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Jacob M. Appel

Teoksen Einstein's Beach House tekijä

25+ teosta 2,335 jäsentä 752 arvostelua 6 Favorited

Tietoja tekijästä

Sisältää nimet: Jacob M. Appel MD, Jacob M. Appel MD

Sisältää myös: Jacob Appel (1)

Tekijän teokset

Associated Works

Fish Anthology 2006 — Avustaja — 2 kappaletta
Colorado Review, Volume XXXI, No. 3, Fall/Winter 2004. (2004) — Avustaja — 2 kappaletta

Merkitty avainsanalla




This review was written for LibraryThing Member Giveaways.
I just finished reading this book, and I’m left with some conflicting emotions. I must preface this by saying that I lost my mom and sister to suicide, so reading this was an interesting perspective (though Millard lived a hell of a lot longer than the two of them). I was so hoping for a happy ending, but perhaps the ending WAS happy, to Millard at least. Part of me feels a bit numb now, which admittedly threw me for an emotional loop. All in all, this was definitely an interesting read.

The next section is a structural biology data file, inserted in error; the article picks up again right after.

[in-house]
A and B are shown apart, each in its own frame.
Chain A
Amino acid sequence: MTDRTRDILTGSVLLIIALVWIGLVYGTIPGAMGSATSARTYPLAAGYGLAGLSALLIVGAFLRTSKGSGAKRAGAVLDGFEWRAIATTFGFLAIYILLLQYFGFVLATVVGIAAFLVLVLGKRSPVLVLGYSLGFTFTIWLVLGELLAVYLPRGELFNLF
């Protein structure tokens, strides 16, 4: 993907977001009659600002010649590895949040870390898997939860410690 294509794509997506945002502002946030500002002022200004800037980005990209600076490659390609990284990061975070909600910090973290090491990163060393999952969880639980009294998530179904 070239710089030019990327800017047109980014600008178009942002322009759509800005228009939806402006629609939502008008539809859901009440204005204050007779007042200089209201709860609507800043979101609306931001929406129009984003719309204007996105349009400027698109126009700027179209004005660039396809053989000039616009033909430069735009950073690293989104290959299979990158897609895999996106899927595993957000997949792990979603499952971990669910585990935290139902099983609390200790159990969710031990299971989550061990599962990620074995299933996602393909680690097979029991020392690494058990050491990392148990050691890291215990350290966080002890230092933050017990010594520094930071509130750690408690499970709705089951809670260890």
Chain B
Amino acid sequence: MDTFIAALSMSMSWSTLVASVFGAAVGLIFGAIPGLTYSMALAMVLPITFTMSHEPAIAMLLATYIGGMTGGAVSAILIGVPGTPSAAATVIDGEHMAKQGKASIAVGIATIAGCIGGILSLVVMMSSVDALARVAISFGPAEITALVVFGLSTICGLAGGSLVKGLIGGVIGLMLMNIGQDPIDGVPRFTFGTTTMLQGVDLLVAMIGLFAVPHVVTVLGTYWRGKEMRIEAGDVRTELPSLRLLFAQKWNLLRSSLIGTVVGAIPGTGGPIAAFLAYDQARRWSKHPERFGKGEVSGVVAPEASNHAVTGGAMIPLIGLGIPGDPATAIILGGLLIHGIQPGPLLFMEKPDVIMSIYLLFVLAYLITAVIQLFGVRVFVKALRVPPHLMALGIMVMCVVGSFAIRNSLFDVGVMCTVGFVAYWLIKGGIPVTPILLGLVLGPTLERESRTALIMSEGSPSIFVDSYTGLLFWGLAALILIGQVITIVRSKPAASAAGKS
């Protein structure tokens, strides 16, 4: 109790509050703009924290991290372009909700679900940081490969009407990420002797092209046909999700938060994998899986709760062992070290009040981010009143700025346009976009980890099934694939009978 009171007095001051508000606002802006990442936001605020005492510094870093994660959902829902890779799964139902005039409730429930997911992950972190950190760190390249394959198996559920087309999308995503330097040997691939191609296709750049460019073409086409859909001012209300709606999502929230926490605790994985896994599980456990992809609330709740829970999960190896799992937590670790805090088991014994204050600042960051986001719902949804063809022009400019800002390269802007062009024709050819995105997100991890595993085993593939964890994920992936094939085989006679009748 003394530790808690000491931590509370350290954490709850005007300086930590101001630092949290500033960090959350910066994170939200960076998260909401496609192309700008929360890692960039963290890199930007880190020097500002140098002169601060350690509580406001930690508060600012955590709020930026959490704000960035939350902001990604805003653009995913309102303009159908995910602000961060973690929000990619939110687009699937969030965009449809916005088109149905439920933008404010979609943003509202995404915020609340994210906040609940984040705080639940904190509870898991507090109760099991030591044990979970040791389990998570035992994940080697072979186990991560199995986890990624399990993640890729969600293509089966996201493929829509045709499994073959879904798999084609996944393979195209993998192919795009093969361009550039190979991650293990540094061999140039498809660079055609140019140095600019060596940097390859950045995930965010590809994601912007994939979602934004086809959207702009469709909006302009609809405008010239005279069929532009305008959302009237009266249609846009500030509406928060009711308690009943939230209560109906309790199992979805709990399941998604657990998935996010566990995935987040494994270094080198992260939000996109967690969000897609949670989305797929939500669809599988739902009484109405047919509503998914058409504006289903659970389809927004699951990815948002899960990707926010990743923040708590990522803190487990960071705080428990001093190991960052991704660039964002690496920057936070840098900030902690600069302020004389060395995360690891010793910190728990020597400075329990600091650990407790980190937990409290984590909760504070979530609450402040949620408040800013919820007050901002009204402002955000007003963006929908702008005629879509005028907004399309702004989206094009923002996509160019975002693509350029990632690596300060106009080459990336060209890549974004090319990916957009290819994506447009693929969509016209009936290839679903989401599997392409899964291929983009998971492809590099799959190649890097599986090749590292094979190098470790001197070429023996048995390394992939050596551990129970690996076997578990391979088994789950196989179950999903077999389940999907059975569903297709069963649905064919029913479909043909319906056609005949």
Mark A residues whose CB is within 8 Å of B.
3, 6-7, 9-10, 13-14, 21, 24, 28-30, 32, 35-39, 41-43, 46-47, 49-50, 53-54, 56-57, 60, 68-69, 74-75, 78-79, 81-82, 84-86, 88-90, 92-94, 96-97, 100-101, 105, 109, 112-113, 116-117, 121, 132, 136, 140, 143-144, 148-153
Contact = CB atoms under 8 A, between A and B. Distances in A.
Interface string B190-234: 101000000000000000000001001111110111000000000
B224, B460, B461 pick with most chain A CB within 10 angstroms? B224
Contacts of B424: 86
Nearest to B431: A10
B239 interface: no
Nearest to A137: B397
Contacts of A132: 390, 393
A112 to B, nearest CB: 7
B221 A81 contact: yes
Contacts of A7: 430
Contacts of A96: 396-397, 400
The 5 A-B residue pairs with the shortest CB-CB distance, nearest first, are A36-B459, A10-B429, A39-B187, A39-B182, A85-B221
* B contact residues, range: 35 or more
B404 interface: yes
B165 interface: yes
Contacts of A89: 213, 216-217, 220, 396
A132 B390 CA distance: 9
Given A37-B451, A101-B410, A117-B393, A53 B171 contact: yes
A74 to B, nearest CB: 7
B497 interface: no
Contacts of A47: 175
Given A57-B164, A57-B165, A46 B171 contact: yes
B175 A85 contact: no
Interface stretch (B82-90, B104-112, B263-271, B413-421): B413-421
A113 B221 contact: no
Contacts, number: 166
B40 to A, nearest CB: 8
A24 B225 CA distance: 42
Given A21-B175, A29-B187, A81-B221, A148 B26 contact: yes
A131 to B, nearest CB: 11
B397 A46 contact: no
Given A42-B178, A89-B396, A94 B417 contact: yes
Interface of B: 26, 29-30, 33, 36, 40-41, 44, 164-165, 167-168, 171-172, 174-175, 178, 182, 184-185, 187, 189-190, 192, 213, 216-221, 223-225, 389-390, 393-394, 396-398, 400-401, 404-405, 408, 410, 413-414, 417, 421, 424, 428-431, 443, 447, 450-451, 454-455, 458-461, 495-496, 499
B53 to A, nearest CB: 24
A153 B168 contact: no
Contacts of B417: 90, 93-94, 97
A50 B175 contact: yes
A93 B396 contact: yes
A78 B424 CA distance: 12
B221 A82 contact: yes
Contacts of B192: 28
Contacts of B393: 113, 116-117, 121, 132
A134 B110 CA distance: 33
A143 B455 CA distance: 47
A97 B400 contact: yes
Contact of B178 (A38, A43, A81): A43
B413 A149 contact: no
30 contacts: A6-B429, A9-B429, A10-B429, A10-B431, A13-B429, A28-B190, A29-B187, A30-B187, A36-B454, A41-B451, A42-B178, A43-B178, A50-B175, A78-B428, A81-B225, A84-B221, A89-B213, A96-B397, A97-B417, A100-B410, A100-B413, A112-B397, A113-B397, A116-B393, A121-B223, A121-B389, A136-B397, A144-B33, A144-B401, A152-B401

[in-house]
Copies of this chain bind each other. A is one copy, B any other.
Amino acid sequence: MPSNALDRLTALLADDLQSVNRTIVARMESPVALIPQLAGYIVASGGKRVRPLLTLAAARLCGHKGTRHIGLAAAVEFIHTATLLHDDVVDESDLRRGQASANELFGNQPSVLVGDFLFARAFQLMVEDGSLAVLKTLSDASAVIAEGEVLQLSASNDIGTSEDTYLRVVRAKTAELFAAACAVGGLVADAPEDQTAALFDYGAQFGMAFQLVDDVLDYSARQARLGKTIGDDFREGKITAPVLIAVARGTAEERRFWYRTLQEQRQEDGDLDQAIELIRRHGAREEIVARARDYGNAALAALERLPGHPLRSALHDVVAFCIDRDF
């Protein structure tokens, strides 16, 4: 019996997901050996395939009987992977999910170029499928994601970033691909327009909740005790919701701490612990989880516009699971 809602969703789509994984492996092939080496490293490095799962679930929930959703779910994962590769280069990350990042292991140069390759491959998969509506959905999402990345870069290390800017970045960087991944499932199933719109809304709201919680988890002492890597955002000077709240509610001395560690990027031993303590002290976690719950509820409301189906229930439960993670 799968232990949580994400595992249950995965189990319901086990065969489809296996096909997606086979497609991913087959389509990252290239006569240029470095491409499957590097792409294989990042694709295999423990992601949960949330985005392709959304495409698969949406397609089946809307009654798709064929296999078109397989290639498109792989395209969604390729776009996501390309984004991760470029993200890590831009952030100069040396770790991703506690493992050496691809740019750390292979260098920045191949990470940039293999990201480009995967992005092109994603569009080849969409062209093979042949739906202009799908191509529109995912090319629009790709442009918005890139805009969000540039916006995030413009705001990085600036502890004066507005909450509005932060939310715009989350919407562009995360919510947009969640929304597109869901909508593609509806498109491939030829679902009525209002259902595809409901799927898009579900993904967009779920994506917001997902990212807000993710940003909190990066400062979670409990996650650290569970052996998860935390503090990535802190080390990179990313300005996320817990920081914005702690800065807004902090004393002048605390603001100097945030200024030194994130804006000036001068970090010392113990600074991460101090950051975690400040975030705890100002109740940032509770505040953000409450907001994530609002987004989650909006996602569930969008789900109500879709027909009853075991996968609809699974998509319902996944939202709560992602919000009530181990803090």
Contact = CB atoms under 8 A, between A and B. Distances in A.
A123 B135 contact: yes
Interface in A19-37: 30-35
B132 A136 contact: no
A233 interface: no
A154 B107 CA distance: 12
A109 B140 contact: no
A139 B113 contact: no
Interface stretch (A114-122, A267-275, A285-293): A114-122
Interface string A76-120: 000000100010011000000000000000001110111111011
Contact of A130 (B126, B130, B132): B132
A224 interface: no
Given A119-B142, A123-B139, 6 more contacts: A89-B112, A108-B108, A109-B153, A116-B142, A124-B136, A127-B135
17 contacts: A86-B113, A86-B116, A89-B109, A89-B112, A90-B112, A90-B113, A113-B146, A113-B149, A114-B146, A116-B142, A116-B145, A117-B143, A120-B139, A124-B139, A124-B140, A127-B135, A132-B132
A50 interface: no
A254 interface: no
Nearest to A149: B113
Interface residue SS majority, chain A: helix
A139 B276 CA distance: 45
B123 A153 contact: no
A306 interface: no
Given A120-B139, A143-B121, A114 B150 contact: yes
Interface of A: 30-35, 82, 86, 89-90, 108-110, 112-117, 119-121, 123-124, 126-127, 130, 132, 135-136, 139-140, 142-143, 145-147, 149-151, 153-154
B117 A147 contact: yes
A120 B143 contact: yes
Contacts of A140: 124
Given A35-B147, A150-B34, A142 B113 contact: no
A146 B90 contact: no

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sealford | 45 muuta kirja-arvostelua | May 16, 2024 |
2.5 stars

I thought this would be full of truly challenging dilemmas that would make me think. As a longtime viewer of SVU and other procedurals, and a lifelong reader of nonfiction, I didn't find these 'dilemmas' to be very thought provoking at all. (I'm also a devout Christian and I believe the Bible clears up the gray areas in many of these situations.)